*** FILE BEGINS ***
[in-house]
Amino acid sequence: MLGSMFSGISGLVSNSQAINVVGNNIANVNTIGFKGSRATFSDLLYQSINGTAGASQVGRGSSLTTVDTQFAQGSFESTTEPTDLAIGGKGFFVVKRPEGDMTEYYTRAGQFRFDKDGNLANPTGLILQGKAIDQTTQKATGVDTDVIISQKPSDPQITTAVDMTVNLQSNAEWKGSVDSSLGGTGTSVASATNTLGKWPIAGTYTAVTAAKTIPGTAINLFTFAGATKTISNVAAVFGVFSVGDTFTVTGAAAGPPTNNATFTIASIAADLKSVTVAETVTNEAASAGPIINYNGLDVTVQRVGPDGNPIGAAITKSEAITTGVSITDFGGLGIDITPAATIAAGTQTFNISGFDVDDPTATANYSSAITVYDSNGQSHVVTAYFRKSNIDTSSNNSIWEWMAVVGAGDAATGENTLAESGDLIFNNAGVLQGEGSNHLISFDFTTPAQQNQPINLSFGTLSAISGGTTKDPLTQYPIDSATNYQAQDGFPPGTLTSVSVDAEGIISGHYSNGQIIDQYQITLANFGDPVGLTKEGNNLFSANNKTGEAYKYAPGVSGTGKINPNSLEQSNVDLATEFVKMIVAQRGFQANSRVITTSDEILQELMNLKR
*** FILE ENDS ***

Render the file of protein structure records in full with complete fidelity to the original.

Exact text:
[in-house]
Amino acid sequence: MLGSMFSGISGLVSNSQAINVVGNNIANVNTIGFKGSRATFSDLLYQSINGTAGASQVGRGSSLTTVDTQFAQGSFESTTEPTDLAIGGKGFFVVKRPEGDMTEYYTRAGQFRFDKDGNLANPTGLILQGKAIDQTTQKATGVDTDVIISQKPSDPQITTAVDMTVNLQSNAEWKGSVDSSLGGTGTSVASATNTLGKWPIAGTYTAVTAAKTIPGTAINLFTFAGATKTISNVAAVFGVFSVGDTFTVTGAAAGPPTNNATFTIASIAADLKSVTVAETVTNEAASAGPIINYNGLDVTVQRVGPDGNPIGAAITKSEAITTGVSITDFGGLGIDITPAATIAAGTQTFNISGFDVDDPTATANYSSAITVYDSNGQSHVVTAYFRKSNIDTSSNNSIWEWMAVVGAGDAATGENTLAESGDLIFNNAGVLQGEGSNHLISFDFTTPAQQNQPINLSFGTLSAISGGTTKDPLTQYPIDSATNYQAQDGFPPGTLTSVSVDAEGIISGHYSNGQIIDQYQITLANFGDPVGLTKEGNNLFSANNKTGEAYKYAPGVSGTGKINPNSLEQSNVDLATEFVKMIVAQRGFQANSRVITTSDEILQELMNLKR